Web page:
Over the past 18 months, teachers, parents, and students across the world have been thinking about the role of technology in education more than ever before. The rapid shift to digitize and virtualize all aspects of learning in response to the global pandemic has illustrated both the opportunities and the limitations of leveraging technology within (and beyond) the K–12 classroom. Many science educators are accustomed to thinking about the role of technology in their classrooms because the practices and products associated with science and technology are often inseparable, advancing each other in a symbiotic relationship (Ihde, 2009). Over 30 years ago, the American Association for the Advancement of Science (AAAS) defined technology not as a product but as a technical and social process that involves “the application of knowledge, tools, and skills to solve practical problems and extend human capabilities” (Johnson, 1989, p. 1) and exhorted educators to provide students with opportunities to experience technology in their K–12 classrooms. Science educators and policymakers responded to this call by codifying the role of technology within the K–12 science classroom through standards documents such as the Benchmarks for Scientific Literacy (AAAS, 1993), the National Science Education Standards (National Research Council, 1996), and today’s Next Generation Science Standards (NGSS Lead States, 2013). As a former K–12 science teacher and a current science teacher educator, I remind my pre- and in-service teachers that “One cannot truly experience science without experiencing its technological dimension” (Oliveira et al., 2019, p. 149).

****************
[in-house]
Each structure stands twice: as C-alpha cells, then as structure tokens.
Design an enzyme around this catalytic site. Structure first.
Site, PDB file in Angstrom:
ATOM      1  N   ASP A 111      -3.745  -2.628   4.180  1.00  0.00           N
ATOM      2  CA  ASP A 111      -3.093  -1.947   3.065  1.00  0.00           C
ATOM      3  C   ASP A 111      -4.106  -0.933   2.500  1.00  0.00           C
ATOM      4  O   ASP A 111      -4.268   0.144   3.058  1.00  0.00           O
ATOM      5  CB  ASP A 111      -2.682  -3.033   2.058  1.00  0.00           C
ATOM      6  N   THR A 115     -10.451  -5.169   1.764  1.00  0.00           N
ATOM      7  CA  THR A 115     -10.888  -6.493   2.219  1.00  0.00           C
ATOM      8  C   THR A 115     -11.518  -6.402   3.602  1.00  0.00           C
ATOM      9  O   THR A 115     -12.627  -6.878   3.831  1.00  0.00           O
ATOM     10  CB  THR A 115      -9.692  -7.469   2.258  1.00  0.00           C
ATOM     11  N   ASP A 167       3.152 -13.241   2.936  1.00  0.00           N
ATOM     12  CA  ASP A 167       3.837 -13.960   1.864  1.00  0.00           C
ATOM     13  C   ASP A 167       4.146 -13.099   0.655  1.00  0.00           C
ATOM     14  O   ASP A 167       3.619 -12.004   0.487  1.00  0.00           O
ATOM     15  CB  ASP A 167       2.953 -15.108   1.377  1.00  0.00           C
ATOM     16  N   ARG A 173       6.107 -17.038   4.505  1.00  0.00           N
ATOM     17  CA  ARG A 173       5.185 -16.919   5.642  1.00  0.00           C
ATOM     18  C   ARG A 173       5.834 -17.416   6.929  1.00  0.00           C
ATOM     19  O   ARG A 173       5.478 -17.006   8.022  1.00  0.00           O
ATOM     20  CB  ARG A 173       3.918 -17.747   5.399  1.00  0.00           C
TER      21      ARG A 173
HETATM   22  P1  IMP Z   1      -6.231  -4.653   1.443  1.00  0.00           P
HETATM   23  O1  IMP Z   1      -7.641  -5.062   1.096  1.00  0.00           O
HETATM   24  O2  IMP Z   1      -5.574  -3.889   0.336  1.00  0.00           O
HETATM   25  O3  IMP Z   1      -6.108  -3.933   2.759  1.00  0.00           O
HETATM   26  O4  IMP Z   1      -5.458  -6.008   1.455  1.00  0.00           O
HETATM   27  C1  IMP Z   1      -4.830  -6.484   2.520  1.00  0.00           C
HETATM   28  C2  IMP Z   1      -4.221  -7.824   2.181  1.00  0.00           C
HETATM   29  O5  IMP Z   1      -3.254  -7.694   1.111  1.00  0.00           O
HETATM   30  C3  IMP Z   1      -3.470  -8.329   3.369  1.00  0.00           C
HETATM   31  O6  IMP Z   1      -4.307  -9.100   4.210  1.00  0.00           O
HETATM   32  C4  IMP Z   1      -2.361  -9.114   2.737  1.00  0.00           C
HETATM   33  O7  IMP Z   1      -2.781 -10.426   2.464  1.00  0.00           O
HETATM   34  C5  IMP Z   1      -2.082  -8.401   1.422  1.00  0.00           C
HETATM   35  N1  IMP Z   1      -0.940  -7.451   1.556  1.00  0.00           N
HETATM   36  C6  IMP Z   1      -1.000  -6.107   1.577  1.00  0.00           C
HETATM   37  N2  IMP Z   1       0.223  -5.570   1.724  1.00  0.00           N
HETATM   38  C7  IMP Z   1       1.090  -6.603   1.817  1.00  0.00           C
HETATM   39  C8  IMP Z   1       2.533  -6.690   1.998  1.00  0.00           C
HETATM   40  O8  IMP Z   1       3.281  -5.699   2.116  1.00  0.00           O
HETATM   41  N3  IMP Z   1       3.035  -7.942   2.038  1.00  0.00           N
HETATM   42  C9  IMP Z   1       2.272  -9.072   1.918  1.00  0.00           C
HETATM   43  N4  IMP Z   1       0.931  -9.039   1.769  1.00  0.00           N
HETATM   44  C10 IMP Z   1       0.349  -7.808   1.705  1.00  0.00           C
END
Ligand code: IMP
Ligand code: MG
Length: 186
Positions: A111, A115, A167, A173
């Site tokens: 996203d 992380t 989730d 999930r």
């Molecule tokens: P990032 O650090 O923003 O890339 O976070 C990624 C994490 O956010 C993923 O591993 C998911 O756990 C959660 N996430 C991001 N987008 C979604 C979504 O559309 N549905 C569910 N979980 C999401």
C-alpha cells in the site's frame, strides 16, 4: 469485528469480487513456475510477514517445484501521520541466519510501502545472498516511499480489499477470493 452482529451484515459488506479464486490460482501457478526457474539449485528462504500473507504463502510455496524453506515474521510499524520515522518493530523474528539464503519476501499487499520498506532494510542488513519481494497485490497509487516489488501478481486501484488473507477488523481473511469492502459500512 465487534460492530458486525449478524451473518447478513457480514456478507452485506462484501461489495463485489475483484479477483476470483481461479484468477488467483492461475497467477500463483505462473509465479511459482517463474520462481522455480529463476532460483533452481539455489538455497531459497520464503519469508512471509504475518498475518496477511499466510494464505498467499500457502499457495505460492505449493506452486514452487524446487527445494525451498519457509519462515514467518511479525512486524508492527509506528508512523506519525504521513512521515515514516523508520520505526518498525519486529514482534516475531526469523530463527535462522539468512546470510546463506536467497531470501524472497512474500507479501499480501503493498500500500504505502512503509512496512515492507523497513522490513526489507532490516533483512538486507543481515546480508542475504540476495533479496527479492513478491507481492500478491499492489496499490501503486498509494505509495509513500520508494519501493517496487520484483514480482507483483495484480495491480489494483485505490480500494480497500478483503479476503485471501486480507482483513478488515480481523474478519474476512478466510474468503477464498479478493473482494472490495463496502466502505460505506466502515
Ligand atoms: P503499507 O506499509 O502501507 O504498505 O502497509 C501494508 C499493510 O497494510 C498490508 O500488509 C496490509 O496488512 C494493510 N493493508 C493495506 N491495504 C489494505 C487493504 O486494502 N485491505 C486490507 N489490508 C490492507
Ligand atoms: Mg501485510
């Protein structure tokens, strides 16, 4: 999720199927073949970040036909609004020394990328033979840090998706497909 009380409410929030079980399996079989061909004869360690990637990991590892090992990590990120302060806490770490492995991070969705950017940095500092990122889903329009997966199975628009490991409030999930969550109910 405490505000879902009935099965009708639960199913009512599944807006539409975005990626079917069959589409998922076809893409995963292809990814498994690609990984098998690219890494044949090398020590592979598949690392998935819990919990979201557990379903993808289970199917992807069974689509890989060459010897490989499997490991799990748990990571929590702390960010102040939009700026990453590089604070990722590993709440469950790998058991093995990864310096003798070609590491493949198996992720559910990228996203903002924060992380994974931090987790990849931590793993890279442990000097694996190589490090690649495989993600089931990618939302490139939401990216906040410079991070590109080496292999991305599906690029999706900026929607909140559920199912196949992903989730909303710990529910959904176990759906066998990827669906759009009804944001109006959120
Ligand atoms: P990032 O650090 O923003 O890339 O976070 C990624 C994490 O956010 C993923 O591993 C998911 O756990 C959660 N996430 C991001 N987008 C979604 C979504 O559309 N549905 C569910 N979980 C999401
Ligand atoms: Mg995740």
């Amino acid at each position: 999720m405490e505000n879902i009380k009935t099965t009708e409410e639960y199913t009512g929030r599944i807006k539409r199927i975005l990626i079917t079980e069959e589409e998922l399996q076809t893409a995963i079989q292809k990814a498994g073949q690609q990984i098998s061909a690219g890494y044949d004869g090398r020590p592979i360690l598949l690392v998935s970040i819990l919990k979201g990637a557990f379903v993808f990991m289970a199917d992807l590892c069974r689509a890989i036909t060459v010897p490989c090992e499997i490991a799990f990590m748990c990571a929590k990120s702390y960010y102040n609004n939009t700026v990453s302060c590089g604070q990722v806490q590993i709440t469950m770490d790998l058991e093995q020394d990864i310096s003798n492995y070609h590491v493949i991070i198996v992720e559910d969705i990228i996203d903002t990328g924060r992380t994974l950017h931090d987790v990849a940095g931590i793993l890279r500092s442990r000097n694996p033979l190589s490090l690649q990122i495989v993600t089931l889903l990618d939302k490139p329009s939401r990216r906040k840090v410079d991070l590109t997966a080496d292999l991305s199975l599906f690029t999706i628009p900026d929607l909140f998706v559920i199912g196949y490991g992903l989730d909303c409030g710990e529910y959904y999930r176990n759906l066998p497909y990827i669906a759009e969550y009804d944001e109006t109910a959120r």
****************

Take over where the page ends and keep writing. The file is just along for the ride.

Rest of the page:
However, not all science teacher educators and researchers share this perspective. Across our K–12 school districts and teacher preparation programs, technology is too often relegated to a minor role when supporting preservice and inservice science educators. Technology has received less emphasis than the other disciplines represented in the STEM acronym (Akerson et al., 2018), and some researchers have chosen to ignore the role of technology completely (Herschbach, 2011). This neglect has led to the conceptual dilution, misapplication, and trivialization of educational technology in the classroom (Bull et al., 2019), resulting in the popularization of generic instructional technologies and approaches that may replace traditional pen-and-paper activities but fail to amplify or transform the student learning experience (Hughes et al., 2006). In some K–12 schools, a focus on technology may be found in specific learning environments such as shop classes or makerspaces, and a science teacher at one of these schools might believe that they are thereby absolved of the responsibility of educating their students about the role of technology. However, I believe that this would be a mistake. Obviously, not all K–12 schools have access to facilities like shop classes or makerspaces, and those that do usually offer associated learning experiences as electives. Moreover, the majority of eighth-grade students report learning about technology and engineering within the context of their science classroom (National Assessment of Educational Progress, 2018). This is especially true for groups of students that have been historically excluded from careers in science, technology, engineering, and mathematics: 55% of Black female students and 61% of Hispanic female students in the eighth grade report that they have never taken a technology or engineering course, whereas the same is true for only 41% of their White male peers (Change the Equation, 2016). If we as science teacher educators wish to increase opportunities for all students to not only succeed in science but also develop the skills and practices that will prepare them to explore a career in science or the STEM fields, we need to stop neglecting the role of technology in our discipline and start crafting experiences that leverage the symbiotic relationship between science and technology in ways that support student learning.